(Article published at Diario Libre Journal, on october 9, 2014)

On September 16, 2014 we published in Diario Libre Journal an article entitled “Do they professional athletes face financial problems?”, where we note that, despite the astronomical sums of money received, most professional athletes from MLB, NBA or NFL go bankrupt within the first five years after announcing their retirement. After analyzing a number of factors from studies and reports trying to explain this painful situation, we conclude that one of the main causes is related to how athletes manage their personal finances.

However, although not abundant, there are a number of successful cases of professional athletes who could be classified as “financial gurus” and from we could draw some lessons for the management of our money.

The first case, which we could classify as the most successful of all, is Michael Jordan, who, besides being “the best basketball player of all time” (see his biography in NBA.Com), remains the highest-paid of all athletes, both active and retired. In 2013, Jordan received over $90 million dollars (without throwing a ball!), only from his partnership with the Nike franchise. While not stepping on a basketball court in more than a decade, Jordan has contracts with Gatorade, Hanes and Upper Deck; additionally, Jordan is an active investor in the basketball business, where he recently acquired the Charlotte Bobcats team.

The second case, also from NBA, is superstar LeBron James, who, despite his youth (29 years old), noted for wise financial decisions taken. LeBron, following the footsteps of Jordan, is not satisfied with receiving sponsorship revenue from brands like Nike, Coca-Cola and Samsung, to name a few, but prefer to sign sponsorship contracts for lower amounts than he could receive in exchange to be a shareholder in companies seeking his services. This has led Lebron to having interest in the business of major companies such as American Signature (furniture industry), Cannondale Bikes (sports industry), PureBrands (technology industry), UNKNWN (fashion design) and even Liverpool, the English Premier League team. In 2008, LeBron agreed to promote the famous Dr. Dre headphones in exchange for a stake in the business. When Apple decided to buy the brand in May 2014, LeBron received no less than $30 million dollars because of the sale of the company, a significant sum given that his salary per season in the Cleveland Cavaliers is $20.6 million.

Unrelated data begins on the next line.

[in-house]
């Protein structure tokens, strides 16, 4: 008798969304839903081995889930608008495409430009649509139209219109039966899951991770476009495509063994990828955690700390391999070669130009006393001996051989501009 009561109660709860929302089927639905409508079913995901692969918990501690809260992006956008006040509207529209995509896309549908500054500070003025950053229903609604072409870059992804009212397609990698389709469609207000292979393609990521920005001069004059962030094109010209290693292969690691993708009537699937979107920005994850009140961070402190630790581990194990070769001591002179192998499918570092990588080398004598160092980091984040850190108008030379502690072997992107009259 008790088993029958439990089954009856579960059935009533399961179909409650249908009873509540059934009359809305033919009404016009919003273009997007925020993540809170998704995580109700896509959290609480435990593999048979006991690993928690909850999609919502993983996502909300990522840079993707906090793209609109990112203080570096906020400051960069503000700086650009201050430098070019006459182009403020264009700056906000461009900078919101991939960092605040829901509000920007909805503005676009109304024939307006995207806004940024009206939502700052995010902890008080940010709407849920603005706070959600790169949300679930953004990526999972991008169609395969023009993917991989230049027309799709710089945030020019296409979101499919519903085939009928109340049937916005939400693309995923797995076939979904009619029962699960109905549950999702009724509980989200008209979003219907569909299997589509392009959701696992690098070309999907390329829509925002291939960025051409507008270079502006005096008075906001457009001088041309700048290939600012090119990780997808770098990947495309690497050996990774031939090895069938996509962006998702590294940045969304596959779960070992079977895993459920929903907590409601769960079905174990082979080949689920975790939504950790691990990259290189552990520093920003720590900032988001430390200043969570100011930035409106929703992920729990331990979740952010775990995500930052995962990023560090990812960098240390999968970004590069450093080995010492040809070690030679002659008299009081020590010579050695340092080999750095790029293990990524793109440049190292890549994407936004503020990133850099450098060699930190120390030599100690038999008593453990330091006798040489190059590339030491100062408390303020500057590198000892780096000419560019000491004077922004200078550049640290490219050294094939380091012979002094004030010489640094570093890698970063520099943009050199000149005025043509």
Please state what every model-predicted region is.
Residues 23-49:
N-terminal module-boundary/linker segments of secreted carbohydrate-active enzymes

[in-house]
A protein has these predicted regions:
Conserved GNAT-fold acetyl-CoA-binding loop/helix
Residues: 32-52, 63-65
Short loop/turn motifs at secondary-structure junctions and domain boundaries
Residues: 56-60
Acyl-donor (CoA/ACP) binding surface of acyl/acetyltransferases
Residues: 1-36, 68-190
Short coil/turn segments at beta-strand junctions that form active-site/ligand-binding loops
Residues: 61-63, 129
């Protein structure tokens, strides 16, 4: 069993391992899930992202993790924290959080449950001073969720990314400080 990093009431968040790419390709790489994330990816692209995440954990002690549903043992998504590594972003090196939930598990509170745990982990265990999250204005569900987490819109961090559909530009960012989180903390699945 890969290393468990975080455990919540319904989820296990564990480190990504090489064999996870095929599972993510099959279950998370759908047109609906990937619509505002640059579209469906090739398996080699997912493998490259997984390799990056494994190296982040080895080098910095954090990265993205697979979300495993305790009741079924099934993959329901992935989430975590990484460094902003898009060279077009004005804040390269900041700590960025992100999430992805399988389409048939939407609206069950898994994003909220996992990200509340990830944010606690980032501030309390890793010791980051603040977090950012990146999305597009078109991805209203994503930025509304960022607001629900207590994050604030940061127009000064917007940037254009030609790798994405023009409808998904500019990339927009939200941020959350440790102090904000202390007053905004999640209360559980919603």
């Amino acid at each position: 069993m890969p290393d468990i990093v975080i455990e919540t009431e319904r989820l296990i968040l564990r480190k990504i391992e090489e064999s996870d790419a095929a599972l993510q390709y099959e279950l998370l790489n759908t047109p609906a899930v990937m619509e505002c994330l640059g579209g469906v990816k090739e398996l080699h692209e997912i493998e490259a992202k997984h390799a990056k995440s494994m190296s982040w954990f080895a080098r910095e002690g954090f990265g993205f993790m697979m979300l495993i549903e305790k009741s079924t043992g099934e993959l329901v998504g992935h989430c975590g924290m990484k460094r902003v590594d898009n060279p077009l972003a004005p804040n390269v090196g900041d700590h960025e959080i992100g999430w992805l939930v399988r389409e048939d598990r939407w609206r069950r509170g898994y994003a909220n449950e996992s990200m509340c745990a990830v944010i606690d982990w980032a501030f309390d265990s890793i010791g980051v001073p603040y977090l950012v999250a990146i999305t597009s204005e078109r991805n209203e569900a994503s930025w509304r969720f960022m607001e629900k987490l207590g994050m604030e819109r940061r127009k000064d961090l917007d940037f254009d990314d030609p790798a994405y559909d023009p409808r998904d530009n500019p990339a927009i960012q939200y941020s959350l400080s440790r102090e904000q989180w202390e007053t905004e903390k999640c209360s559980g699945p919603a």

In the baseball field, the last case is the millionaire Yankees-star Alex Rodríguez (ARod). In an interview for the popular New York Magazine, ARod described himself as “a cautious investor” who receives income of about $20 million annually for his investments in businesses such as gyms, car sales and real state (see Fishman, S., “A-Rod in Exile: He Wants to Be a Star Business”, 05/13/2014). In 2006, ARod founded Newport Ventures, a real estate company currently managing over 12,000 properties across the United States.

So at this point we might ask: What do these players have in common in managing their finances and what lessons we could learn from them and apply in our lives?

These stars are well aware of the money value over time and have preferred to sacrifice consumption today in exchange for a higher return tomorrow. In the cases of Jordan and LeBron, both players have sacrificed receive larger sums of money for sponsorships in exchange of actual ownerships in the sponsors’ business. When it comes to putting their money, these players invest in sectors they know, as is the case when Jordan decides to purchase a NBA team. More importantly, these players know their limitations within the business and finance world, and so they have not been shy in seeking sound financial advice. For example, both ARod and LeBron have the privilege of having Warren Buffet, the Oracle of Omaha and the richest man in the world, as its financial mentor. In addition, both stars do not skimp effort to surround themselves with the right people and spend time playing golf or going to dinner with entrepreneurs like Bill Gates, Steve Ballmer (Microsoft CEO), Tom Werner (Hollywood producer), Micky Arison (CEO cruise Carnival), among other “stars” of the business world. Good companies!

Finally, cases of athletes who have been successful in business are characterized by three main elements: (1) the decision to receive less income in exchange for being partners in business, (2) making investments in sectors they have knowledge, (3) searching of appropriate advice and company providing guidance. Having a large fortune is not a determinant element of success, because as we discussed in our first article most of these superstars declare bankruptcy shortly after entering retirement, but the road to financial success is paved by caution and sacrifice. In the words of ARod, this is a process that can be “very slow, very methodical, [sometimes] boring, with one step at a time”.

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